You will encounter many types of articles and it is important to distinguish between these different categories of scholarly literature. Keep in mind the following definitions.
PRIMARY RESEARCH ARTICLE: A primary research article describes an empirical study that aims to gain new knowledge on a topic through direct or indirect observation and research. These include quantitative or qualitative data and analysis. In science, a primary article will often include the following sections: Abstract, Introduction, Methods, Results, and Discussion.
REVIEW ARTICLE: In the scientific literature, this is a type of article that provides a synthesis of existing research on a particular topic. These are useful when you want to get an idea of a body of research that you are not yet familiar with.
PEER-REVIEWED: Refers to articles that have undergone a rigorous review process by peers in their discipline, often including revisions to the original manuscript, before publication in a scholarly journal. Primary research articles in reputable psychology journals are always peer-reviewed. Reviews are often peer-reviewed as well.
PREPRINTS: Preprints are an increasingly common publication type. Preprints have not gone through peer-review and are published on publicly accessible pre-print servers. They serve as a way for authors to get their work out quickly to the public and other researchers. They can go on to be published in scholarly journals with a peer-review process.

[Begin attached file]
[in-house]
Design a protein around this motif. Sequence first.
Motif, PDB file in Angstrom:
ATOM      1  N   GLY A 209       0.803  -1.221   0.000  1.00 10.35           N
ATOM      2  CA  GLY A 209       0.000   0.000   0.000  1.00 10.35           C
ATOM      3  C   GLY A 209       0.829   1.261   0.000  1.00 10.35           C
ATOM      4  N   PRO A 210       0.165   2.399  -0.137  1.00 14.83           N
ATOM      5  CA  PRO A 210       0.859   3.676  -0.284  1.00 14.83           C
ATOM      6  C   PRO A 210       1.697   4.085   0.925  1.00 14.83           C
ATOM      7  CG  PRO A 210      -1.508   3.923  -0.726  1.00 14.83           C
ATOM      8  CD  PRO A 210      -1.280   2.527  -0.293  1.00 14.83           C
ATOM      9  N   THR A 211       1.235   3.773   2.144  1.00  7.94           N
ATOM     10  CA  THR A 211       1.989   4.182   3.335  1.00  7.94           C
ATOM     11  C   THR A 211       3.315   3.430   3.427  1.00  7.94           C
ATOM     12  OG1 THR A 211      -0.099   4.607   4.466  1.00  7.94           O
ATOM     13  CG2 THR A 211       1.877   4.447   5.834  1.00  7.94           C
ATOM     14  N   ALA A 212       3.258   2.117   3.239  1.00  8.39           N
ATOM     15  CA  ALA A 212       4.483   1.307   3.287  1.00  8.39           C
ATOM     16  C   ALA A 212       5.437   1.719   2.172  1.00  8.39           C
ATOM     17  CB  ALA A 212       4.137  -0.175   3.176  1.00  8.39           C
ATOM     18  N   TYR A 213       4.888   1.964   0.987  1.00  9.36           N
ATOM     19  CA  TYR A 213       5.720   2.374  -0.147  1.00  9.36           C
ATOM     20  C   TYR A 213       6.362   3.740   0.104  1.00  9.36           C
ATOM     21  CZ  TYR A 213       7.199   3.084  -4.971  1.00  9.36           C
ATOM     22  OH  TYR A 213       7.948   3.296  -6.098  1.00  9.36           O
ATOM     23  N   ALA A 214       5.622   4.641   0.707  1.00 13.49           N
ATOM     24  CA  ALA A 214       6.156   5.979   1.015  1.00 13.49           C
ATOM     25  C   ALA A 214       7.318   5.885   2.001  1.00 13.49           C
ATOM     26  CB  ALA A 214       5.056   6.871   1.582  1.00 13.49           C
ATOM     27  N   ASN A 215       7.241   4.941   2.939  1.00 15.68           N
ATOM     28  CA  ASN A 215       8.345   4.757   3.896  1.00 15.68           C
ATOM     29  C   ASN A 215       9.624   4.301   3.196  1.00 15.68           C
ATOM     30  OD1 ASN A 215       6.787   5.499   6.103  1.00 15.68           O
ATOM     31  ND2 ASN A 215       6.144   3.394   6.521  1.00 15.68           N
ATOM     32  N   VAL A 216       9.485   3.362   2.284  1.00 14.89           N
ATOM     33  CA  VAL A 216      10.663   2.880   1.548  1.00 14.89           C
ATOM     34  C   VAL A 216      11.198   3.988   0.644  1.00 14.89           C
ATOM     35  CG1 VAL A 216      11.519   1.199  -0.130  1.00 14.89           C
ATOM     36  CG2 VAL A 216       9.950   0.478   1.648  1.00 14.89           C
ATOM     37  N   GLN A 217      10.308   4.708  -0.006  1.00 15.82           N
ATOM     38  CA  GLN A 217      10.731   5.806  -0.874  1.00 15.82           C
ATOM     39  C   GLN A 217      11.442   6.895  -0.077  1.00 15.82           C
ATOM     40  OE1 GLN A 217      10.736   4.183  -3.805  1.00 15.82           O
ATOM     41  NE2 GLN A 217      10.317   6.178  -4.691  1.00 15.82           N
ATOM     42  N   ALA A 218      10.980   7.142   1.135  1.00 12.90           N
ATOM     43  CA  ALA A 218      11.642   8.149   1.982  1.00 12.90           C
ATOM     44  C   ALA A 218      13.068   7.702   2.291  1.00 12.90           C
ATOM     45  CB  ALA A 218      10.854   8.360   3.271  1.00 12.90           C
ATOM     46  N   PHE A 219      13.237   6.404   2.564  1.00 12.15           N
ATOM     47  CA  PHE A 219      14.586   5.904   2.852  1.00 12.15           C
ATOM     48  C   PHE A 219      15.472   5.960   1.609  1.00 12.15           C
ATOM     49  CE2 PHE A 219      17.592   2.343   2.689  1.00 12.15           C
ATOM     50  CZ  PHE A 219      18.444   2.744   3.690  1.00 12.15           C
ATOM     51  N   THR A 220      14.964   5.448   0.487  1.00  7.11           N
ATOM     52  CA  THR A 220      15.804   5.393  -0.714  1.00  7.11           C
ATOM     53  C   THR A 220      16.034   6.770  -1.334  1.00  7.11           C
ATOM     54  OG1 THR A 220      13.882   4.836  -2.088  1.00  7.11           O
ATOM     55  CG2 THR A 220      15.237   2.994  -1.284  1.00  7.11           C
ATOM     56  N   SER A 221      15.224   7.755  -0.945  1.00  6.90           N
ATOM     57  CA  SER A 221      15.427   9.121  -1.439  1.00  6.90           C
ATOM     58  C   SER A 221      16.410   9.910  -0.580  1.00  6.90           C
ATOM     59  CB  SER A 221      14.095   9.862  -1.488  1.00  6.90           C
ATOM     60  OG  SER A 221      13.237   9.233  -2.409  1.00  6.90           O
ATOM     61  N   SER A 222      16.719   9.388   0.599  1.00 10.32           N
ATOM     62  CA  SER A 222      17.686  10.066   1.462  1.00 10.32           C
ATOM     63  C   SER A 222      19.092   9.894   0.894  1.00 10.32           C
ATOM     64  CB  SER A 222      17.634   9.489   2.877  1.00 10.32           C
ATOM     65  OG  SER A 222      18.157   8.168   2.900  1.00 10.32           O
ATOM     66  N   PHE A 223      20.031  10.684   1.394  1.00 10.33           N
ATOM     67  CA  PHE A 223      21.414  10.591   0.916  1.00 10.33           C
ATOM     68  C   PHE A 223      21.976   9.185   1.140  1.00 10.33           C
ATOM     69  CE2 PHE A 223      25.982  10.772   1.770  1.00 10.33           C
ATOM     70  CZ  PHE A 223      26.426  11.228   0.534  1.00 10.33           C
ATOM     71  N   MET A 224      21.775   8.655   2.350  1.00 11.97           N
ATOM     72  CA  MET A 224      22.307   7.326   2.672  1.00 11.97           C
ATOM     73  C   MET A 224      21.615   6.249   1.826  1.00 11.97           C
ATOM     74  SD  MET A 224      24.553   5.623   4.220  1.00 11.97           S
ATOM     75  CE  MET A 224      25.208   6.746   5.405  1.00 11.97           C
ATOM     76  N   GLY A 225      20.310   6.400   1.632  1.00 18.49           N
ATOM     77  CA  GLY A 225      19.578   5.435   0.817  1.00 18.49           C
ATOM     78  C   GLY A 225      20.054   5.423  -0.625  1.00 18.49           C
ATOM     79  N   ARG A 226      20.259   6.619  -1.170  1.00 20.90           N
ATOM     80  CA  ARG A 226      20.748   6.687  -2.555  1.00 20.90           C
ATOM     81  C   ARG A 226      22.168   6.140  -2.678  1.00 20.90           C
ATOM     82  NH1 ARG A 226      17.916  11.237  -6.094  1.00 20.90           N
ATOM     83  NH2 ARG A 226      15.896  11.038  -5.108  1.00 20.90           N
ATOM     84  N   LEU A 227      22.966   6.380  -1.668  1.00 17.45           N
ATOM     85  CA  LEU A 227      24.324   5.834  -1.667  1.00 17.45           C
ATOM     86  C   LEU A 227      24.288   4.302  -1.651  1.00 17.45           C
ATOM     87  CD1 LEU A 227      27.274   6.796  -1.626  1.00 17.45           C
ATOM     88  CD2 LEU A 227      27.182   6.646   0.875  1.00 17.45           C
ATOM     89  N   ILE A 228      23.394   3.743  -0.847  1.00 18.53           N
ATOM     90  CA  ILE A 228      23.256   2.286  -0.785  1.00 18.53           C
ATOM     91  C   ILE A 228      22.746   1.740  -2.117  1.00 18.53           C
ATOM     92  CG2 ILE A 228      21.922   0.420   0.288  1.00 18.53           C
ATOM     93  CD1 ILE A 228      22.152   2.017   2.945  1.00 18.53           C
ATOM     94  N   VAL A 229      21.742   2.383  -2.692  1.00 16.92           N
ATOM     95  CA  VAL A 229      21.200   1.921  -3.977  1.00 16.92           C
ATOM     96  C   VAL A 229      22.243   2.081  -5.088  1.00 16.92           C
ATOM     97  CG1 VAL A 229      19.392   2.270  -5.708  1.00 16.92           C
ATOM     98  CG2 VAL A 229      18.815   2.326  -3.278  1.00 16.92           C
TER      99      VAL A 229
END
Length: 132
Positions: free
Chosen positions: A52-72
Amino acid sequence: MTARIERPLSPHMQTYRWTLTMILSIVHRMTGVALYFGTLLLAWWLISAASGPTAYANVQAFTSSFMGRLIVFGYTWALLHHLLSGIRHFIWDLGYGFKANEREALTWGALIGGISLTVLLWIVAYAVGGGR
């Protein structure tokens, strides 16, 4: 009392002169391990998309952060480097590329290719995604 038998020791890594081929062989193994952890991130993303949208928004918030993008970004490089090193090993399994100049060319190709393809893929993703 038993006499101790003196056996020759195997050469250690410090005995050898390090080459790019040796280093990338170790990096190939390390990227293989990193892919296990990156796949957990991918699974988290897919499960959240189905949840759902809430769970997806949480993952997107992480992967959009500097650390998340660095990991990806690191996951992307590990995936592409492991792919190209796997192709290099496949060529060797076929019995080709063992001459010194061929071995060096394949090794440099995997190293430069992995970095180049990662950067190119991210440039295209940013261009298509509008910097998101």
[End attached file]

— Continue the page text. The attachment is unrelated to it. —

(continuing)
Getting too many or too few search results? Use Boolean operators to narrow or widen a search. For example, Dog AND Cat will narrow your search to only include results that include both of those words. The OR operator will broaden your search. The NOT operator can sometimes filter out too many articles so use it cautiously.
Research databases are key to conducting comprehensive or specific searches of the scholarly literature across many different publishers and journals. They include special tools and filters to help you narrow and expand your search. Many databases, such as Web of Science, have more advanced search tools than Google Scholar and will allow one to more efficiently find the literature that they are looking for.
This thesaurus is an example of a controlled vocabulary. A controlled vocabulary is a list of standardized terms used by catalogers and database indexers to describe what an article or book is about. APA staff manually tag each article with a handful of index terms. This allows for very precise and comprehensive searching. The word "depression" for example has many synonyms that you might miss with a simple keyword search, but if you search with the index term of depression, you will be able to find every article on that topic, whether the article uses the word "depression," "melancholia," or "sadness" for example. The major concepts contain many narrower concepts. Check the Explode box to include the narrower concepts in your search. Here we are adding the concepts of "major depression" and "bullying".